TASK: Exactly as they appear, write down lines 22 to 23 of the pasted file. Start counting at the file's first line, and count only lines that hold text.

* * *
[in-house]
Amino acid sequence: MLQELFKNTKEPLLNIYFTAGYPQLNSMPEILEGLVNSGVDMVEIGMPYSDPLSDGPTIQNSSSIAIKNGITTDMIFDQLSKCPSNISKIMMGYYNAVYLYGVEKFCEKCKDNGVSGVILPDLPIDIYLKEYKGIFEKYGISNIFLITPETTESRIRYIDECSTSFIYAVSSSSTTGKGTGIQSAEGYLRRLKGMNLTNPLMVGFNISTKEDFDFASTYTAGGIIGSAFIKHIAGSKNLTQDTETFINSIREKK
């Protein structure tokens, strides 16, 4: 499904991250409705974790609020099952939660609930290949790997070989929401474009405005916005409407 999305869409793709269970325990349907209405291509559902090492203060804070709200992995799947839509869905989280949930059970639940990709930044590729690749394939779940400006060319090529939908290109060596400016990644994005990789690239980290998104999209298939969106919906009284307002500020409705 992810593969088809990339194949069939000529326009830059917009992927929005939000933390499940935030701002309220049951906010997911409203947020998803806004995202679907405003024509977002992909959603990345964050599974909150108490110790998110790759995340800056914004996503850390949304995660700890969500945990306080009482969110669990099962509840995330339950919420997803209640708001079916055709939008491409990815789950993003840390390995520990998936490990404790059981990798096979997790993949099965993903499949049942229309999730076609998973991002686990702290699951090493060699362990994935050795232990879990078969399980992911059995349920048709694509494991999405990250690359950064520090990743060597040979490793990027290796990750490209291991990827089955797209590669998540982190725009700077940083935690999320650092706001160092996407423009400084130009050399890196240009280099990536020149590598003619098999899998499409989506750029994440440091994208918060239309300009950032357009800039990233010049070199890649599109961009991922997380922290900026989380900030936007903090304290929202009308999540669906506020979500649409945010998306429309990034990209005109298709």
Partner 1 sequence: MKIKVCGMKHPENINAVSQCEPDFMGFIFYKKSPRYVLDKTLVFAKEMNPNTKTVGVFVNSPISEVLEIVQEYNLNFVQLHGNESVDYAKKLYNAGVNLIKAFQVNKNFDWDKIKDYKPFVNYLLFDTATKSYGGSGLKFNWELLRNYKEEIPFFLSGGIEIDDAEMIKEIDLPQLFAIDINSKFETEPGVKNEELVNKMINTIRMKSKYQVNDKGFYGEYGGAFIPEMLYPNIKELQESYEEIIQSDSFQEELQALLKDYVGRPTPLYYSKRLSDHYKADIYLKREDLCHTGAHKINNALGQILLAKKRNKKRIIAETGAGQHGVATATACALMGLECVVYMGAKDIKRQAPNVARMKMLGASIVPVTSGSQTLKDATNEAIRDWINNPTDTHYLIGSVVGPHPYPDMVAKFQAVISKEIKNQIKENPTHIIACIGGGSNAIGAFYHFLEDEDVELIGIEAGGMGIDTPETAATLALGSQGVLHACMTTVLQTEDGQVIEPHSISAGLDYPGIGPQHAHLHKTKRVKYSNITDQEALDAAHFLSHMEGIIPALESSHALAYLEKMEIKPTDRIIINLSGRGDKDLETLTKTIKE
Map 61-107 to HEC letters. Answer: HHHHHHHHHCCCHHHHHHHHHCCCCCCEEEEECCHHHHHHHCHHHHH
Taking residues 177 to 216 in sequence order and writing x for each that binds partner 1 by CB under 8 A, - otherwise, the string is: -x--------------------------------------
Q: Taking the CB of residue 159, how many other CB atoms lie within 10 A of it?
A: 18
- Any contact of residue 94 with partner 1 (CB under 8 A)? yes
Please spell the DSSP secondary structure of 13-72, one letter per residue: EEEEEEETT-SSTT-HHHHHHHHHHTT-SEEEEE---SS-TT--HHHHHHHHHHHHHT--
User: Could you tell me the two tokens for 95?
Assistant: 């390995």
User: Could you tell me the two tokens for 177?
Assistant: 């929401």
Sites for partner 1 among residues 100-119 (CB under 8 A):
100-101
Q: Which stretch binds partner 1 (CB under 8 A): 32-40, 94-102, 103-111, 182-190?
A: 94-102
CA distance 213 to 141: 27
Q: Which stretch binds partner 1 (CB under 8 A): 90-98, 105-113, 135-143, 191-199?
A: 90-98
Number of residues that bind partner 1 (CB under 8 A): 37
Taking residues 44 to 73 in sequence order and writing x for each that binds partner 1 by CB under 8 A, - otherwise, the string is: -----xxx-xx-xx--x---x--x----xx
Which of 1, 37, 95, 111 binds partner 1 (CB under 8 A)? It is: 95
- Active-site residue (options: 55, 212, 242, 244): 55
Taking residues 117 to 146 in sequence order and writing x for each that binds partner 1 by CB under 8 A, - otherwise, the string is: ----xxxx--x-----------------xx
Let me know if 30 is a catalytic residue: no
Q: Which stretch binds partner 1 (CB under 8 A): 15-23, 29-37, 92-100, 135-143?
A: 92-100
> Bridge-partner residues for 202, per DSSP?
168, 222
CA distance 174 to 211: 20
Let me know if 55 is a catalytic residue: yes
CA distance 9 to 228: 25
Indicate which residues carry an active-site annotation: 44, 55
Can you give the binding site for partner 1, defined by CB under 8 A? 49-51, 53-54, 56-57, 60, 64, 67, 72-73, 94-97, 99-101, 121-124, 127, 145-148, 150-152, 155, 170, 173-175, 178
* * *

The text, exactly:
Number of residues that bind partner 1 (CB under 8 A): 37
Taking residues 44 to 73 in sequence order and writing x for each that binds partner 1 by CB under 8 A, - otherwise, the string is: -----xxx-xx-xx--x---x--x----xx